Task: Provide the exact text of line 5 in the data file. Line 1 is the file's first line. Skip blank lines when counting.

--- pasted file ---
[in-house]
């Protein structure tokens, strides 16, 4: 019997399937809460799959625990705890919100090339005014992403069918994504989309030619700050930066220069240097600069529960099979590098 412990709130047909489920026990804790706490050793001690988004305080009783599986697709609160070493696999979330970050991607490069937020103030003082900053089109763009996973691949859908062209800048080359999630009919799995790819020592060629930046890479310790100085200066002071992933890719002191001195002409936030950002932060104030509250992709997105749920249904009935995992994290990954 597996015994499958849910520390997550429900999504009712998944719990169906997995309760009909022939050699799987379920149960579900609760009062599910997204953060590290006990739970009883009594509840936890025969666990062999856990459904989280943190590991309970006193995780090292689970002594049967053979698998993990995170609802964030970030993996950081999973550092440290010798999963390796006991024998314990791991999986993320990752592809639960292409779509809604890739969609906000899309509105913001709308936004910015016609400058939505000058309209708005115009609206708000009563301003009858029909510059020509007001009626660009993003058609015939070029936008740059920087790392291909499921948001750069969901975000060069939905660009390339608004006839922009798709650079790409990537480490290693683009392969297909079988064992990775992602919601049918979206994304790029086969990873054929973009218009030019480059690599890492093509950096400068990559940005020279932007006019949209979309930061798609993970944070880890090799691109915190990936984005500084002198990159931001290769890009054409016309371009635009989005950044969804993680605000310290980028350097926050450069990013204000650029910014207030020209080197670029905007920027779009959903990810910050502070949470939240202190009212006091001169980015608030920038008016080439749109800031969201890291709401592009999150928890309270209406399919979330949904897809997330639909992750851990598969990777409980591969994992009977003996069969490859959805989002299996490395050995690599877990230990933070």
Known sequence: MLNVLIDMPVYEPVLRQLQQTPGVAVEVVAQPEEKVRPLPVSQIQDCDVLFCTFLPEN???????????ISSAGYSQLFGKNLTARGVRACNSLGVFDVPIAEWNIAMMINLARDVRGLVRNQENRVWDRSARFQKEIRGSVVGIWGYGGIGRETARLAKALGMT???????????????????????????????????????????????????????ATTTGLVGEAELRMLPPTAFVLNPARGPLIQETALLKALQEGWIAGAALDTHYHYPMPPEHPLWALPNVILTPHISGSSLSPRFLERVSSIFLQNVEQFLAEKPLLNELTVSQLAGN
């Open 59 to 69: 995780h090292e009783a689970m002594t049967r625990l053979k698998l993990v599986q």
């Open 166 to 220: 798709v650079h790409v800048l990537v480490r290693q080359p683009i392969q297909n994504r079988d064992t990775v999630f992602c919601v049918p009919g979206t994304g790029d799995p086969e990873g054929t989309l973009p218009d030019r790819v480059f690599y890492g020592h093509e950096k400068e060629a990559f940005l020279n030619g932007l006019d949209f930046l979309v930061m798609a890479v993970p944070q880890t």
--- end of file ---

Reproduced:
């Open 166 to 220: 798709v650079h790409v800048l990537v480490r290693q080359p683009i392969q297909n994504r079988d064992t990775v999630f992602c919601v049918p009919g979206t994304g790029d799995p086969e990873g054929t989309l973009p218009d030019r790819v480059f690599y890492g020592h093509e950096k400068e060629a990559f940005l020279n030619g932007l006019d949209f930046l979309v930061m798609a890479v993970p944070q880890t």